The traditional IRA owner must be at least age 70½ on the date of the transfer from the IRA to the charity. Suppose you turn 70½ in September and had money transferred from the traditional IRA to a charity in March. That’s not a QCD; it will be treated as an ordinary distribution.

There’s a $100,000 annual limit per taxpayer (not per IRA) on QCDs. In a married couple, each spouse has a separate $100,000 limit, but you can’t share the limits or split the QCDs. If one spouse wants to make more than $100,000 of charitable donations for the year, he or she can’t use part of the other spouse’s $100,000 QCD limit. If the couple wants to have $200,000 of QCDs, each must donate $100,000 from his or her IRAs.

Even if your RMD for the year exceeds $100,000, you’re allowed only $100,000 of QCDs. Charitable contributions from a traditional IRA that exceed $100,000 in a year will be taxable distributions.

Unused portions of the $100,000 limit don’t carry forward to future years. The $100,000 is a use-it-or-lose-it amount.

The QCD can exceed your RMD for the year. If your RMD is $10,000, and you want to give $20,000 to charity, the entire $20,000 of contributions can be made from the IRA as QCDs. Only $10,000 will count as an RMD.

Only pre-tax money can be used to make a QCD. Any nondeductible contributions (after-tax money) in a traditional IRA can’t be used to make QCDs. A special rule is you can designate that only pre-tax money in the traditional IRA is used to make the QCD while after-tax money stays in the IRA.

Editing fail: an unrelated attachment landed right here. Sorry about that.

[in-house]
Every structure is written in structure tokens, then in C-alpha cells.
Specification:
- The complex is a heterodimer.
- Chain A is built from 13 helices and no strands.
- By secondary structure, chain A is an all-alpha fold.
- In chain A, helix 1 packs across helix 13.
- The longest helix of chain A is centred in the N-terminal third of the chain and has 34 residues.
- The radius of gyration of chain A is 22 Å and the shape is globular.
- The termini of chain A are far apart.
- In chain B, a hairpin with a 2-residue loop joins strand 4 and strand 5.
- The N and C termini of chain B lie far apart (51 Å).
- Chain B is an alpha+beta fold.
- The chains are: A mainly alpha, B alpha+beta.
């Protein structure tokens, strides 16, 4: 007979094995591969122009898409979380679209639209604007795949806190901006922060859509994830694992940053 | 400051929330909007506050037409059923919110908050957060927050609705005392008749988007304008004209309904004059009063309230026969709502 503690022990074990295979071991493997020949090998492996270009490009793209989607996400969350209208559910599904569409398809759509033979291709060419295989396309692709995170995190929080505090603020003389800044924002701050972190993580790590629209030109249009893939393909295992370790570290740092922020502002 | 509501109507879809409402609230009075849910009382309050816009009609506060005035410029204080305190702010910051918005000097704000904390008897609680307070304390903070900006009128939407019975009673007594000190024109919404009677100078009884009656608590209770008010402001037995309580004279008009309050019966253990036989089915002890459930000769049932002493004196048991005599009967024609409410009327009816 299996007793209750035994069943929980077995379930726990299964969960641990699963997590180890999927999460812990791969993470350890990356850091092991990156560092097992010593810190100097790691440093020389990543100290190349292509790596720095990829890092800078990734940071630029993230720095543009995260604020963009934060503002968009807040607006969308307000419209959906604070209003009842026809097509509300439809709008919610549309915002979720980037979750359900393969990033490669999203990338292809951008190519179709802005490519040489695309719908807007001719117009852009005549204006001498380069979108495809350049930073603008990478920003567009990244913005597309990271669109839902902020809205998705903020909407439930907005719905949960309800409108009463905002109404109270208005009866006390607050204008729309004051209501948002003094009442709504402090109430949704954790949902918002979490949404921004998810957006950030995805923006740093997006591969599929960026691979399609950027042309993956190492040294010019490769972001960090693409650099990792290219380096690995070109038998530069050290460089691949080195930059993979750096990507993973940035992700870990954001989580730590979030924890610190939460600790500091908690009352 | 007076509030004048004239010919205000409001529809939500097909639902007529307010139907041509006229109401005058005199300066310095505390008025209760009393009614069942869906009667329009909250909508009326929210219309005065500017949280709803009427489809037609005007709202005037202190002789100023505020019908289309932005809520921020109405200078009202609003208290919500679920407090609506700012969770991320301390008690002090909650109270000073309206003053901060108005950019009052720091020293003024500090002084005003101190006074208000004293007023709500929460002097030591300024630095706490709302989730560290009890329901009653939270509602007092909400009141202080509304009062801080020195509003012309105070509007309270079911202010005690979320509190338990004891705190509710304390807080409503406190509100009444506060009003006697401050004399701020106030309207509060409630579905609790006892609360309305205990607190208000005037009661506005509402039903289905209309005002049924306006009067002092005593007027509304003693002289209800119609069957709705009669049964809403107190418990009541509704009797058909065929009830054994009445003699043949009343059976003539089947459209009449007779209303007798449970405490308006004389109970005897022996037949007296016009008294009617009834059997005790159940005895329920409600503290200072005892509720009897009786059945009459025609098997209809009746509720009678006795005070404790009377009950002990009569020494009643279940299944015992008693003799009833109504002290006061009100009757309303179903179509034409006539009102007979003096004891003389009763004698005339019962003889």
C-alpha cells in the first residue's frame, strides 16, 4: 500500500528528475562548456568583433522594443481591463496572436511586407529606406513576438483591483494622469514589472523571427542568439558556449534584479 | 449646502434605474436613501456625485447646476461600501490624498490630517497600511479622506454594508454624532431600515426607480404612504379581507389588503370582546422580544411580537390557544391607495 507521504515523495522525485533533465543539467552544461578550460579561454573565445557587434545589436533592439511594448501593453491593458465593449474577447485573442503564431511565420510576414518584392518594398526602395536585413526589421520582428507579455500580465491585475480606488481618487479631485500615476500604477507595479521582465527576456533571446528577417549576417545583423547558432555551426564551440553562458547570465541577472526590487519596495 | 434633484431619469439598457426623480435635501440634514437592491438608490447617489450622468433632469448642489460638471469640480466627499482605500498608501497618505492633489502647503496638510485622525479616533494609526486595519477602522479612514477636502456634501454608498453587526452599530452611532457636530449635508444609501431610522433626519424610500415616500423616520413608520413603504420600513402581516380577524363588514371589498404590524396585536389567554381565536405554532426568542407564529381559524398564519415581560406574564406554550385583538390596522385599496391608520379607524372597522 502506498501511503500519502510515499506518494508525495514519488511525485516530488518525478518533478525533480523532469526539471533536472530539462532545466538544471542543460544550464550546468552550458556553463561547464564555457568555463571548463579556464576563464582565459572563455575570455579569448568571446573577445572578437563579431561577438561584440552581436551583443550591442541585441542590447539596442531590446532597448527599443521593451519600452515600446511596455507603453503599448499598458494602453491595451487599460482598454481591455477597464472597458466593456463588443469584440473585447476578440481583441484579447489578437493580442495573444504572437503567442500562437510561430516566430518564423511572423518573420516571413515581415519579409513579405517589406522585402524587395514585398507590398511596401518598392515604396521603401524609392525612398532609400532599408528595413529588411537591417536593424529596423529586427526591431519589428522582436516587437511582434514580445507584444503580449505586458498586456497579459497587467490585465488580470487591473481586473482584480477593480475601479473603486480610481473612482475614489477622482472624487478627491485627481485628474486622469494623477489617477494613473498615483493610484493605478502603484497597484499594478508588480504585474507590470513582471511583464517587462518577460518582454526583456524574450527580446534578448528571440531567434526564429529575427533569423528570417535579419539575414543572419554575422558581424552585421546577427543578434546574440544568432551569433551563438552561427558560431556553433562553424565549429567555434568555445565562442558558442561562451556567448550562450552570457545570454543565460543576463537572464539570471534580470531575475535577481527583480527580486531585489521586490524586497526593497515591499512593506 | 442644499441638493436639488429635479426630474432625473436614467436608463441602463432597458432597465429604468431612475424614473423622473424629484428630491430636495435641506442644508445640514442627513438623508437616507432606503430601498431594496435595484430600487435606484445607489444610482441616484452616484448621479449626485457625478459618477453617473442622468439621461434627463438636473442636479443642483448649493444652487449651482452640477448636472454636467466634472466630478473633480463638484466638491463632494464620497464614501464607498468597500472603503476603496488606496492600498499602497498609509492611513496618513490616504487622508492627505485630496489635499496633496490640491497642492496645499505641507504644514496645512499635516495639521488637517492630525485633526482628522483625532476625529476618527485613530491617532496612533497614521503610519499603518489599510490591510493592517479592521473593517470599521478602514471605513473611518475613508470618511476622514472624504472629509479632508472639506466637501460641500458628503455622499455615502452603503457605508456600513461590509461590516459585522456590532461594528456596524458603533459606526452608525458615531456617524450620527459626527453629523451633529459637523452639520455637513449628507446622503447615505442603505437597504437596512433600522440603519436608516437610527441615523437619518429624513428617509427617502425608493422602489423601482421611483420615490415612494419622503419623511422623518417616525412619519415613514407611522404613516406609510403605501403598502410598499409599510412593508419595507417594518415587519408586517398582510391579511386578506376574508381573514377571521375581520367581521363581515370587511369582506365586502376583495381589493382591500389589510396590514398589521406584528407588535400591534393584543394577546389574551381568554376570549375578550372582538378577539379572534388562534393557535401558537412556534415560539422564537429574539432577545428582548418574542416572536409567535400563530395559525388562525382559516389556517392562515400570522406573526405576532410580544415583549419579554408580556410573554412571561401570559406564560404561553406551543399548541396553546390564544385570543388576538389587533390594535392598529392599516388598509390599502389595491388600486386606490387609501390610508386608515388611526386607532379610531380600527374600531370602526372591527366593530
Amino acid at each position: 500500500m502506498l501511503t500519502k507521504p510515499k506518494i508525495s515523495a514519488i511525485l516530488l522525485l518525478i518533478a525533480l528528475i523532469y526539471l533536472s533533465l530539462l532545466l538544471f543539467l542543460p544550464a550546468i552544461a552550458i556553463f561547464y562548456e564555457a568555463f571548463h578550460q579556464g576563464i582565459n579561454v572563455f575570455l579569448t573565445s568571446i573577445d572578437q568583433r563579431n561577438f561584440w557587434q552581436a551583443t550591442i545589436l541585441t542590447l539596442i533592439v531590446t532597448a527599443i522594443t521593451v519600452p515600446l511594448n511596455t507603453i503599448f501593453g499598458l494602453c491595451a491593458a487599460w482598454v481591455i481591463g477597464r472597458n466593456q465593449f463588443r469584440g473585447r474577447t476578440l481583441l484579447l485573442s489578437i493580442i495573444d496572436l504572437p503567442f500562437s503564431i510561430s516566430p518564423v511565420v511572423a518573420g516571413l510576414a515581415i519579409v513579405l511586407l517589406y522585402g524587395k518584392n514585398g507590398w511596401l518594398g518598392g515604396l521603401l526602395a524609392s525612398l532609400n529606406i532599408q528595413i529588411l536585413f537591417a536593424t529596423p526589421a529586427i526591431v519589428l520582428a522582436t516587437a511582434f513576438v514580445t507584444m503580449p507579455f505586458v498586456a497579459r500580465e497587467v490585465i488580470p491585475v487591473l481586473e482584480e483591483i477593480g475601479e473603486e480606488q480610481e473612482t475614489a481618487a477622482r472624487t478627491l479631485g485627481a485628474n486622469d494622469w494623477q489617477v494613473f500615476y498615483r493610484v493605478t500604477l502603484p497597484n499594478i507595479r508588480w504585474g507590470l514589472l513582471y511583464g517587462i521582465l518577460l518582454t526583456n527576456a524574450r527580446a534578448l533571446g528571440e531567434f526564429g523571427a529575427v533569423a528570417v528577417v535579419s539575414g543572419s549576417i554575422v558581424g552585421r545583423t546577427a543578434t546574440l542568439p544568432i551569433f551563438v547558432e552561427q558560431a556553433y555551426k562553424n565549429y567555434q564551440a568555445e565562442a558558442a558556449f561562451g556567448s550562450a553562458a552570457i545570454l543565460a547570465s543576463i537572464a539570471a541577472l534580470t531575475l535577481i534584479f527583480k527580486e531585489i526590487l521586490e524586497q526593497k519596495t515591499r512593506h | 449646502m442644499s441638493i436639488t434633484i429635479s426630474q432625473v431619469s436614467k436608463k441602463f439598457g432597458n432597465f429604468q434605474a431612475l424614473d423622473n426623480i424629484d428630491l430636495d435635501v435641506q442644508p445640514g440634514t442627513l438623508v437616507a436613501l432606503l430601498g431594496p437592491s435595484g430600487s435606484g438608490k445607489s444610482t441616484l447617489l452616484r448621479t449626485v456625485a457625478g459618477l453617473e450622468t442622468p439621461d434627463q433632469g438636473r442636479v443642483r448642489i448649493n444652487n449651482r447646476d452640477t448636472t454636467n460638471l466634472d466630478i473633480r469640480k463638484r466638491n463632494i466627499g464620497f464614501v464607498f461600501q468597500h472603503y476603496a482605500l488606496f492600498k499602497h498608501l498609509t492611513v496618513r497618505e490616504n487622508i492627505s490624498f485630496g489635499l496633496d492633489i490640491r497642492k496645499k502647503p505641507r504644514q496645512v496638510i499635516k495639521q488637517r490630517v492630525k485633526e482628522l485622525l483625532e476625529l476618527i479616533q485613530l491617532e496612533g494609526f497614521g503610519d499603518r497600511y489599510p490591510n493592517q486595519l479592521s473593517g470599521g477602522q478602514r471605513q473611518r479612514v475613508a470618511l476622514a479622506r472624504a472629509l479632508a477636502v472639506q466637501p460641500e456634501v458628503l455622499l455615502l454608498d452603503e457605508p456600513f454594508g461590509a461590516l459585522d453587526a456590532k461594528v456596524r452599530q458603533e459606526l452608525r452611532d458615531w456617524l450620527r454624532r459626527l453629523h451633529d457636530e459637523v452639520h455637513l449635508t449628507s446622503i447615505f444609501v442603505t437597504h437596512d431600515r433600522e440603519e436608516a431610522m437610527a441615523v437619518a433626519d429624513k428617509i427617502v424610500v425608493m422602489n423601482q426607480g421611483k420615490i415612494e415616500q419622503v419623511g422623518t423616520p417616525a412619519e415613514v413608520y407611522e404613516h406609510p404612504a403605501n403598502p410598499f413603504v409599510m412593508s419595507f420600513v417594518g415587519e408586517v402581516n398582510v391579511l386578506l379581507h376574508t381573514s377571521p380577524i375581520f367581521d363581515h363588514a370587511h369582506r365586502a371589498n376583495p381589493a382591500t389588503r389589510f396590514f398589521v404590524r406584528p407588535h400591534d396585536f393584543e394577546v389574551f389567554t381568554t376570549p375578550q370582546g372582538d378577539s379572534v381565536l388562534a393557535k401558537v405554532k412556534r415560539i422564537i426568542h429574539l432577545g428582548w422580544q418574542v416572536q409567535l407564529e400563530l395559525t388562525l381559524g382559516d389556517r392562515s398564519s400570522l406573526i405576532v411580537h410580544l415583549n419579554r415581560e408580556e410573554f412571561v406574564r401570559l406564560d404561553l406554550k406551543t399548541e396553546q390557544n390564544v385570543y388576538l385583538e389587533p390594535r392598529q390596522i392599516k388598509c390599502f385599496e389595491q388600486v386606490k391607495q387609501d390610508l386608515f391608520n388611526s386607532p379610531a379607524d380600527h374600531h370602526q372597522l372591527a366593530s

In general, QCDs can be made only from traditional IRAs. They can be made from simplified employee pensions (SEPs) and SIMPLE IRAs only when the plan hasn’t received an employer contribution in the plan year that ends with or during the calendar year in which the charitable contribution is to be made. In other words, the SEP or SIMPLE IRA must be inactive.

Other employer plans, including 401(k)s, don’t qualify for QCDs.

Inherited IRAs can be used to make QCDs.

The IRA owner can’t receive any benefit from the donation. Even a small gift or reward from the charity makes the entire contribution ineligible for a QCD.

The basic rules for proving charitable contributions apply, so you must have a written acknowledgement from the charity stating the amount and date of the contribution. For large donations, additional proof or tax forms might be required.

Only donations to public charities qualify as QCDs. Contributions to private foundations, donor-advised funds, and other tax-exempt groups don’t qualify. A contribution from an IRA to fund a charitable gift annuity also isn’t a QCD.

The SECURE Act permits contributions to traditional IRAs after age 70½. It also prohibits an individual from combining a QCD and deductible IRA contributions after age 70½. The rules are complicated, but you generally can’t take a QCD to the extent you made a deductible contribution to a traditional IRA after age 70½.

Share this Post

About Us

What started as a mission to share what's happening in the insurance world today has grown into your daily go-to for insurance, financial planning, and retirement planning news.